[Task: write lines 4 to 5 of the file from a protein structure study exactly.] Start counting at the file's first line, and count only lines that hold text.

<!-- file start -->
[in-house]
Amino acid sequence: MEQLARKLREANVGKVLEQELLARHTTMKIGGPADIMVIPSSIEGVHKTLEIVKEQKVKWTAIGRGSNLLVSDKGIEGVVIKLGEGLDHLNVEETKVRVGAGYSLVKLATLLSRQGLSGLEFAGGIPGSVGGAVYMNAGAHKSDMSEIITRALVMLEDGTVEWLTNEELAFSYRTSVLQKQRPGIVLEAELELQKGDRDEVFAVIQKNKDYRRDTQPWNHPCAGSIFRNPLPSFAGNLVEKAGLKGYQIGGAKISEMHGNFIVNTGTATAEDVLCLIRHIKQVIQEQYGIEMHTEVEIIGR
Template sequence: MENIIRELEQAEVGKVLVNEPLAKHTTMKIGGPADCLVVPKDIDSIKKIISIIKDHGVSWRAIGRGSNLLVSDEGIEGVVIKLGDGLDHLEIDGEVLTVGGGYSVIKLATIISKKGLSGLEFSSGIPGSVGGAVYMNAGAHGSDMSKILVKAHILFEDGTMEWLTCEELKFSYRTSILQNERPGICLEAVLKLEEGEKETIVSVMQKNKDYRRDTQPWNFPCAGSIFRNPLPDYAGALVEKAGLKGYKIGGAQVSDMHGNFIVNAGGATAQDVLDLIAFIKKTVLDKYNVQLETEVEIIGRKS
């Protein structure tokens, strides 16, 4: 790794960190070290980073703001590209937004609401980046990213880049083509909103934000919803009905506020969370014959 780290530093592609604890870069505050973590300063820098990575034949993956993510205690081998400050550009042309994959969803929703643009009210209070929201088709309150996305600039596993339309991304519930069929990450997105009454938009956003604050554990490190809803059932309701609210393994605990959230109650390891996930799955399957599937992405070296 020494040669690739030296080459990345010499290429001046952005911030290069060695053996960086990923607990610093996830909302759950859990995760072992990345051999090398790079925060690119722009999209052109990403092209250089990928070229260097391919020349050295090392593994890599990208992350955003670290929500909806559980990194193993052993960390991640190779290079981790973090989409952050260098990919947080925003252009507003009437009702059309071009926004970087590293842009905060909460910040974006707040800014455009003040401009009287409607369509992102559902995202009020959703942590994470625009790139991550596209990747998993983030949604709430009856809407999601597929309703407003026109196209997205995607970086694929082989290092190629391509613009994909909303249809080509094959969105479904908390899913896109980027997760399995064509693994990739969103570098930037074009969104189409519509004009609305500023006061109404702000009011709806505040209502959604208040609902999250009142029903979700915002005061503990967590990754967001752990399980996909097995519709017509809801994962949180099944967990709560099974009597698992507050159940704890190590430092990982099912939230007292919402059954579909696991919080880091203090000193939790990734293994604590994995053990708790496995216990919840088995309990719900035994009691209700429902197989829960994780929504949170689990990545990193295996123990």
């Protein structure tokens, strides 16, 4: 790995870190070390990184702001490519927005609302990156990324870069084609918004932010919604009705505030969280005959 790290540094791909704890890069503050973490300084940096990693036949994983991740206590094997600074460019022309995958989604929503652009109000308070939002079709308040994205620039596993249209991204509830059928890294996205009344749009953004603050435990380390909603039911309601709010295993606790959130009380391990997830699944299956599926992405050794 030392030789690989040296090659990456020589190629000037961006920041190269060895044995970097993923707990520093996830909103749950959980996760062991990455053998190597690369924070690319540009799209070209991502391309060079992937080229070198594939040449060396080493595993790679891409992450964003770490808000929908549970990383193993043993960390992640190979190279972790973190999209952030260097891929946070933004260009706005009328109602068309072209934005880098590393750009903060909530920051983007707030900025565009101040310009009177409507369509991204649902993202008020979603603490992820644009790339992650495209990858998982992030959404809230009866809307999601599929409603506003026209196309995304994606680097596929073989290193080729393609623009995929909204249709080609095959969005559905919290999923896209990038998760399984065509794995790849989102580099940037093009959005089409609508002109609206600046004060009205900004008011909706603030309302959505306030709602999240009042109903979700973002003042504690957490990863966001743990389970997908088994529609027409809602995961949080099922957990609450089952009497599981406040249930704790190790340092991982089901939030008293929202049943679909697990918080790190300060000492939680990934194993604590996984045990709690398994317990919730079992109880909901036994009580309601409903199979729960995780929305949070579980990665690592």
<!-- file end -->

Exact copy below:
């Protein structure tokens, strides 16, 4: 790794960190070290980073703001590209937004609401980046990213880049083509909103934000919803009905506020969370014959 780290530093592609604890870069505050973590300063820098990575034949993956993510205690081998400050550009042309994959969803929703643009009210209070929201088709309150996305600039596993339309991304519930069929990450997105009454938009956003604050554990490190809803059932309701609210393994605990959230109650390891996930799955399957599937992405070296 020494040669690739030296080459990345010499290429001046952005911030290069060695053996960086990923607990610093996830909302759950859990995760072992990345051999090398790079925060690119722009999209052109990403092209250089990928070229260097391919020349050295090392593994890599990208992350955003670290929500909806559980990194193993052993960390991640190779290079981790973090989409952050260098990919947080925003252009507003009437009702059309071009926004970087590293842009905060909460910040974006707040800014455009003040401009009287409607369509992102559902995202009020959703942590994470625009790139991550596209990747998993983030949604709430009856809407999601597929309703407003026109196209997205995607970086694929082989290092190629391509613009994909909303249809080509094959969105479904908390899913896109980027997760399995064509693994990739969103570098930037074009969104189409519509004009609305500023006061109404702000009011709806505040209502959604208040609902999250009142029903979700915002005061503990967590990754967001752990399980996909097995519709017509809801994962949180099944967990709560099974009597698992507050159940704890190590430092990982099912939230007292919402059954579909696991919080880091203090000193939790990734293994604590994995053990708790496995216990919840088995309990719900035994009691209700429902197989829960994780929504949170689990990545990193295996123990």
């Protein structure tokens, strides 16, 4: 790995870190070390990184702001490519927005609302990156990324870069084609918004932010919604009705505030969280005959 790290540094791909704890890069503050973490300084940096990693036949994983991740206590094997600074460019022309995958989604929503652009109000308070939002079709308040994205620039596993249209991204509830059928890294996205009344749009953004603050435990380390909603039911309601709010295993606790959130009380391990997830699944299956599926992405050794 030392030789690989040296090659990456020589190629000037961006920041190269060895044995970097993923707990520093996830909103749950959980996760062991990455053998190597690369924070690319540009799209070209991502391309060079992937080229070198594939040449060396080493595993790679891409992450964003770490808000929908549970990383193993043993960390992640190979190279972790973190999209952030260097891929946070933004260009706005009328109602068309072209934005880098590393750009903060909530920051983007707030900025565009101040310009009177409507369509991204649902993202008020979603603490992820644009790339992650495209990858998982992030959404809230009866809307999601599929409603506003026209196309995304994606680097596929073989290193080729393609623009995929909204249709080609095959969005559905919290999923896209990038998760399984065509794995790849989102580099940037093009959005089409609508002109609206600046004060009205900004008011909706603030309302959505306030709602999240009042109903979700973002003042504690957490990863966001743990389970997908088994529609027409809602995961949080099922957990609450089952009497599981406040249930704790190790340092991982089901939030008293929202049943679909697990918080790190300060000492939680990934194993604590996984045990709690398994317990919730079992109880909901036994009580309601409903199979729960995780929305949070579980990665690592």